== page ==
Thanks for posting the link, Chris. My only dissapointment was that they only showed ONE picture of her art, but I liked what I saw. Reminded me of all my old Avalon and Fillmore posters.
I have been on DWR for years to start carrying the art that they show in the staged catalog photographs. Those who want their look can get it by buying their lovely furnishings, but they leave us frustrated by making it difficult for us to complete the look by adding the works of art.
Most of the photos you see in DWR are actually shot in peoples homes and offices.
Period? I'd say Liz' works are definitely early 23rd century... during the fifteenth revival of the Modernist style.. when they dispensed with posts and simply held up the roof with force fields.. that also doubled as the window. Singular.
Not sure if anyone is reading this topic still, but we bought a painting from Bay Area artist Liz Maxwell and just love it. There are a lot of rectilinear shapes and colors that work in a modern home.
Thanks for posting the link. These are very nice. I like them a lot.
PS to Joe B re DWR's pictures being shot in actual homes. From what I have seen, most homes used in these kinds of shoots are totally staged - and that especially goes for the paintings and accessories. You would be amazed if you saw some of the "before and after" pictures out there for lovely Eichlers that go on the market after being lived in, cluttered and suffering the ravages of age. Even high-end newer MCM homes can be subject to the cluttered lived-in look. After all, that is what houses are for: to live in.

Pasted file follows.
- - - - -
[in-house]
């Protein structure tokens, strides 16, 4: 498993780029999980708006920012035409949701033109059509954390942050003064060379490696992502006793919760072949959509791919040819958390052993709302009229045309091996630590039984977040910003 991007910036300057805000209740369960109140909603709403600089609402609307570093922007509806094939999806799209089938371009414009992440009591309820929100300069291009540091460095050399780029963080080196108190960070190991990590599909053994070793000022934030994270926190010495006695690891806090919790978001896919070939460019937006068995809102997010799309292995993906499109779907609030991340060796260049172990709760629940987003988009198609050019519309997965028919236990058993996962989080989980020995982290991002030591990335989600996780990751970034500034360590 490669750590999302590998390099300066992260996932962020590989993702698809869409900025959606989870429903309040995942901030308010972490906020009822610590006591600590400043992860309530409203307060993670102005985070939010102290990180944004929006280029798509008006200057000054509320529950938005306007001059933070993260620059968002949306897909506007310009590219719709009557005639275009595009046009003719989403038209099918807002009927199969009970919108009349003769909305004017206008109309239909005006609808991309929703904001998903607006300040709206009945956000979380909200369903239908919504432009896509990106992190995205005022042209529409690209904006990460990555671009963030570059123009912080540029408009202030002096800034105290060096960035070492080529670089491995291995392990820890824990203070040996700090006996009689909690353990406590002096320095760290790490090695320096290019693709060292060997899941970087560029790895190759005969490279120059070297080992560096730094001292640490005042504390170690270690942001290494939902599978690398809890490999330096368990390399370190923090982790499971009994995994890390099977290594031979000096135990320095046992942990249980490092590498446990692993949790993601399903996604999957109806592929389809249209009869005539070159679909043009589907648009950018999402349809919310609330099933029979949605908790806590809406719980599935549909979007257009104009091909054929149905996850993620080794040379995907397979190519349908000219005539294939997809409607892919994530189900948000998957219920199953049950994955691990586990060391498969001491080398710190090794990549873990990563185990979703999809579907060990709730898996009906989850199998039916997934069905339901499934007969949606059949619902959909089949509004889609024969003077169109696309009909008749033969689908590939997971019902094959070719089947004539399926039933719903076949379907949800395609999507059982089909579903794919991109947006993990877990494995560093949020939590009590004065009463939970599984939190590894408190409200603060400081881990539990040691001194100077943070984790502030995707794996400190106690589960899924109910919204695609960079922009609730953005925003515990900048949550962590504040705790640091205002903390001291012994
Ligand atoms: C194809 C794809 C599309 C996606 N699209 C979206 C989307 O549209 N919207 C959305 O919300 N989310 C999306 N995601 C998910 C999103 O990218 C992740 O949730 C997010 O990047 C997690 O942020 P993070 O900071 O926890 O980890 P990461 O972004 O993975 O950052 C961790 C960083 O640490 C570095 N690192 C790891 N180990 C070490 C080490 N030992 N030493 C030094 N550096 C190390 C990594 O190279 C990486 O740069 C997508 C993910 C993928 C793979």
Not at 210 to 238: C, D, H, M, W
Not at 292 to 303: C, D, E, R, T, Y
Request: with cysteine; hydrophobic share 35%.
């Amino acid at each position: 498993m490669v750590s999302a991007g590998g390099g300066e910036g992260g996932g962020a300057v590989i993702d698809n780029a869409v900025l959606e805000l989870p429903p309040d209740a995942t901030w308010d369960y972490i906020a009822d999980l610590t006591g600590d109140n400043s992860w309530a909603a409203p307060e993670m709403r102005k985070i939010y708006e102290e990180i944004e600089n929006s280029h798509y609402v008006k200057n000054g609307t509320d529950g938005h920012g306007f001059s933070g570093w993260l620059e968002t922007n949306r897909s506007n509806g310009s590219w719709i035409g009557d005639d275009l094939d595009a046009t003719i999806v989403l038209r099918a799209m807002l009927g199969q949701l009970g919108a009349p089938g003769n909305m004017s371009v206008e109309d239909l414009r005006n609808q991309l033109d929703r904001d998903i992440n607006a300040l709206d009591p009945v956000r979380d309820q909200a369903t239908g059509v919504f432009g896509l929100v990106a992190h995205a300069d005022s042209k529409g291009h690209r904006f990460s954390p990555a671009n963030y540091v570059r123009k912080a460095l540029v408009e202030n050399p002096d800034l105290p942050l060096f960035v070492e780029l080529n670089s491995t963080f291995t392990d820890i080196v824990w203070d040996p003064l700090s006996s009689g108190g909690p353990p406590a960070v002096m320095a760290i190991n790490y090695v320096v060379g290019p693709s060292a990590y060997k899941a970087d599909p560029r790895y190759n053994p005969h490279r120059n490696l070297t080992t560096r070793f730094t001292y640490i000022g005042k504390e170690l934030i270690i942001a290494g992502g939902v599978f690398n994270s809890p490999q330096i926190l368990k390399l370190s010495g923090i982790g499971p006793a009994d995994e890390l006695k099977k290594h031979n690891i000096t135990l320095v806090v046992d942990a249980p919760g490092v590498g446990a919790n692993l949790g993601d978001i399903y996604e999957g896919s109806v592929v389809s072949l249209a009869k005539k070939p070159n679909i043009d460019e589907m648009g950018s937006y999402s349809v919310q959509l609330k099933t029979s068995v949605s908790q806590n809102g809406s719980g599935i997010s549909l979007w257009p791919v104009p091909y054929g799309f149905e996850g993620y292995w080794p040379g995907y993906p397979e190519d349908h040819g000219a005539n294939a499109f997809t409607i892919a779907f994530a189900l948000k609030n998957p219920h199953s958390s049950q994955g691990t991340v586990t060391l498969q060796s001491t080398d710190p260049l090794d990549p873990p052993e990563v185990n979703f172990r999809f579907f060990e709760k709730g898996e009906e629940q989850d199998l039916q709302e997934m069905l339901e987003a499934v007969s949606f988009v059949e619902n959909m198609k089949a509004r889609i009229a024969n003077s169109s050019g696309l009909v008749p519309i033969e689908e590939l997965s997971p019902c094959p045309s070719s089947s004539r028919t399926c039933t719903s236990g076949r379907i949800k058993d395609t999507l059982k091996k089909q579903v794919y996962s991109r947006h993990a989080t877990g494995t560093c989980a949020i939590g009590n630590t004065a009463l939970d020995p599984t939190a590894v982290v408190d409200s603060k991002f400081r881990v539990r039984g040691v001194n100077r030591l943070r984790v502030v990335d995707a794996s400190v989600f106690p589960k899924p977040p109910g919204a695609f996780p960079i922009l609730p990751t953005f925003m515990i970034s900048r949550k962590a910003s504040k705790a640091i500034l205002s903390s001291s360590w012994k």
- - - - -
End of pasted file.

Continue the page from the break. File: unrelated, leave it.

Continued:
I am not saying that DWR stages all of their shoots, but I also find it highly unlikely that all they are doing is placing some furniture and then shooting it. More likely is that each and every shoot is totally staged since nobody's home - even those with the best eye for detail - looks as perfect as these magazine shots.
So my comment still stands. Sombody is selecting the art shown in their catalogs - paintings, ceramics, etc., and it would be nice for customers to be able to purchase those accessories in addition to the furniture. I think they have begun to listen, as their catalogs have slowly begun to offer some accessories. Not to the degree of some of the other dealers out there, but at least it is a step in the right direction.